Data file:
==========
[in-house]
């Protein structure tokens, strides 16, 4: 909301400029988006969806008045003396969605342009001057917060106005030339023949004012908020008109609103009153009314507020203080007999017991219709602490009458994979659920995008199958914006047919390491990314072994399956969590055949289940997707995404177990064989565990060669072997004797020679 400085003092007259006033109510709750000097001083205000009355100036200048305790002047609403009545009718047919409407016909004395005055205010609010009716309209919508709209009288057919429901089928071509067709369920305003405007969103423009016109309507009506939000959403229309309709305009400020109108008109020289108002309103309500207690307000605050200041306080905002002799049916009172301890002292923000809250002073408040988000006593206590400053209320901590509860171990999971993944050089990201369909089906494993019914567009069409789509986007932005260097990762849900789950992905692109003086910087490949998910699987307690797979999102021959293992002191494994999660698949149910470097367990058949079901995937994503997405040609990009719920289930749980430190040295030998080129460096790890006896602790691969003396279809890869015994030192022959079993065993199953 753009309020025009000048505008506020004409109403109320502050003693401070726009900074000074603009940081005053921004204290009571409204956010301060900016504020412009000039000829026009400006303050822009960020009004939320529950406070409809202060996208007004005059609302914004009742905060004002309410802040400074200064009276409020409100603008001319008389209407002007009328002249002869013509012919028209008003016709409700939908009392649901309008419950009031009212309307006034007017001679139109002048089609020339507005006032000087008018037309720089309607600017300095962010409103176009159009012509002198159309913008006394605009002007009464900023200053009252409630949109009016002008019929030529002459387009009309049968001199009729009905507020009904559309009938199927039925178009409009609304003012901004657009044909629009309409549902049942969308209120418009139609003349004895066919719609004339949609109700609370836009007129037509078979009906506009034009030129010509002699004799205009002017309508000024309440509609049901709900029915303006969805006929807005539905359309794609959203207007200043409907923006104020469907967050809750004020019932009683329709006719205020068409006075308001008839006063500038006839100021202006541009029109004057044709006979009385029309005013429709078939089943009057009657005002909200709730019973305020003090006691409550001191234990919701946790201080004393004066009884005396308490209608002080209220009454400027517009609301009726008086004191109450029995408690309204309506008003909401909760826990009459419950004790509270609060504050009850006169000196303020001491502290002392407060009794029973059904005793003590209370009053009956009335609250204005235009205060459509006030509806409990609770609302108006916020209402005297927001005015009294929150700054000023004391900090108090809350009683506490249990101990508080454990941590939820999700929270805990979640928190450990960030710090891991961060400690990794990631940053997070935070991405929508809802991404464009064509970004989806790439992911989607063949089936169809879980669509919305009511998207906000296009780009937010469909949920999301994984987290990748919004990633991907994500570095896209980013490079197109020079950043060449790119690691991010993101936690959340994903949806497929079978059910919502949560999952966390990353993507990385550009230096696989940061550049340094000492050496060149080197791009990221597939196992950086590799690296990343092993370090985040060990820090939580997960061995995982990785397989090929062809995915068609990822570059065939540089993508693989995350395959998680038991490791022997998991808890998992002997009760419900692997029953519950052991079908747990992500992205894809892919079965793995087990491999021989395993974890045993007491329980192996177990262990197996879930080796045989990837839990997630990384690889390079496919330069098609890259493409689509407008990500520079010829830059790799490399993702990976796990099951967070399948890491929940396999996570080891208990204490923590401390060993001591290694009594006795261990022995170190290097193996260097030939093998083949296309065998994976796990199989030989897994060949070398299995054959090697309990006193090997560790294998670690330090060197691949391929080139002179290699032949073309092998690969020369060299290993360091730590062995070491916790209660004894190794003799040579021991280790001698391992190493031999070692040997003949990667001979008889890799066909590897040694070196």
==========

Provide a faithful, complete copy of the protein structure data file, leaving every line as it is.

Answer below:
[in-house]
């Protein structure tokens, strides 16, 4: 909301400029988006969806008045003396969605342009001057917060106005030339023949004012908020008109609103009153009314507020203080007999017991219709602490009458994979659920995008199958914006047919390491990314072994399956969590055949289940997707995404177990064989565990060669072997004797020679 400085003092007259006033109510709750000097001083205000009355100036200048305790002047609403009545009718047919409407016909004395005055205010609010009716309209919508709209009288057919429901089928071509067709369920305003405007969103423009016109309507009506939000959403229309309709305009400020109108008109020289108002309103309500207690307000605050200041306080905002002799049916009172301890002292923000809250002073408040988000006593206590400053209320901590509860171990999971993944050089990201369909089906494993019914567009069409789509986007932005260097990762849900789950992905692109003086910087490949998910699987307690797979999102021959293992002191494994999660698949149910470097367990058949079901995937994503997405040609990009719920289930749980430190040295030998080129460096790890006896602790691969003396279809890869015994030192022959079993065993199953 753009309020025009000048505008506020004409109403109320502050003693401070726009900074000074603009940081005053921004204290009571409204956010301060900016504020412009000039000829026009400006303050822009960020009004939320529950406070409809202060996208007004005059609302914004009742905060004002309410802040400074200064009276409020409100603008001319008389209407002007009328002249002869013509012919028209008003016709409700939908009392649901309008419950009031009212309307006034007017001679139109002048089609020339507005006032000087008018037309720089309607600017300095962010409103176009159009012509002198159309913008006394605009002007009464900023200053009252409630949109009016002008019929030529002459387009009309049968001199009729009905507020009904559309009938199927039925178009409009609304003012901004657009044909629009309409549902049942969308209120418009139609003349004895066919719609004339949609109700609370836009007129037509078979009906506009034009030129010509002699004799205009002017309508000024309440509609049901709900029915303006969805006929807005539905359309794609959203207007200043409907923006104020469907967050809750004020019932009683329709006719205020068409006075308001008839006063500038006839100021202006541009029109004057044709006979009385029309005013429709078939089943009057009657005002909200709730019973305020003090006691409550001191234990919701946790201080004393004066009884005396308490209608002080209220009454400027517009609301009726008086004191109450029995408690309204309506008003909401909760826990009459419950004790509270609060504050009850006169000196303020001491502290002392407060009794029973059904005793003590209370009053009956009335609250204005235009205060459509006030509806409990609770609302108006916020209402005297927001005015009294929150700054000023004391900090108090809350009683506490249990101990508080454990941590939820999700929270805990979640928190450990960030710090891991961060400690990794990631940053997070935070991405929508809802991404464009064509970004989806790439992911989607063949089936169809879980669509919305009511998207906000296009780009937010469909949920999301994984987290990748919004990633991907994500570095896209980013490079197109020079950043060449790119690691991010993101936690959340994903949806497929079978059910919502949560999952966390990353993507990385550009230096696989940061550049340094000492050496060149080197791009990221597939196992950086590799690296990343092993370090985040060990820090939580997960061995995982990785397989090929062809995915068609990822570059065939540089993508693989995350395959998680038991490791022997998991808890998992002997009760419900692997029953519950052991079908747990992500992205894809892919079965793995087990491999021989395993974890045993007491329980192996177990262990197996879930080796045989990837839990997630990384690889390079496919330069098609890259493409689509407008990500520079010829830059790799490399993702990976796990099951967070399948890491929940396999996570080891208990204490923590401390060993001591290694009594006795261990022995170190290097193996260097030939093998083949296309065998994976796990199989030989897994060949070398299995054959090697309990006193090997560790294998670690330090060197691949391929080139002179290699032949073309092998690969020369060299290993360091730590062995070491916790209660004894190794003799040579021991280790001698391992190493031999070692040997003949990667001979008889890799066909590897040694070196």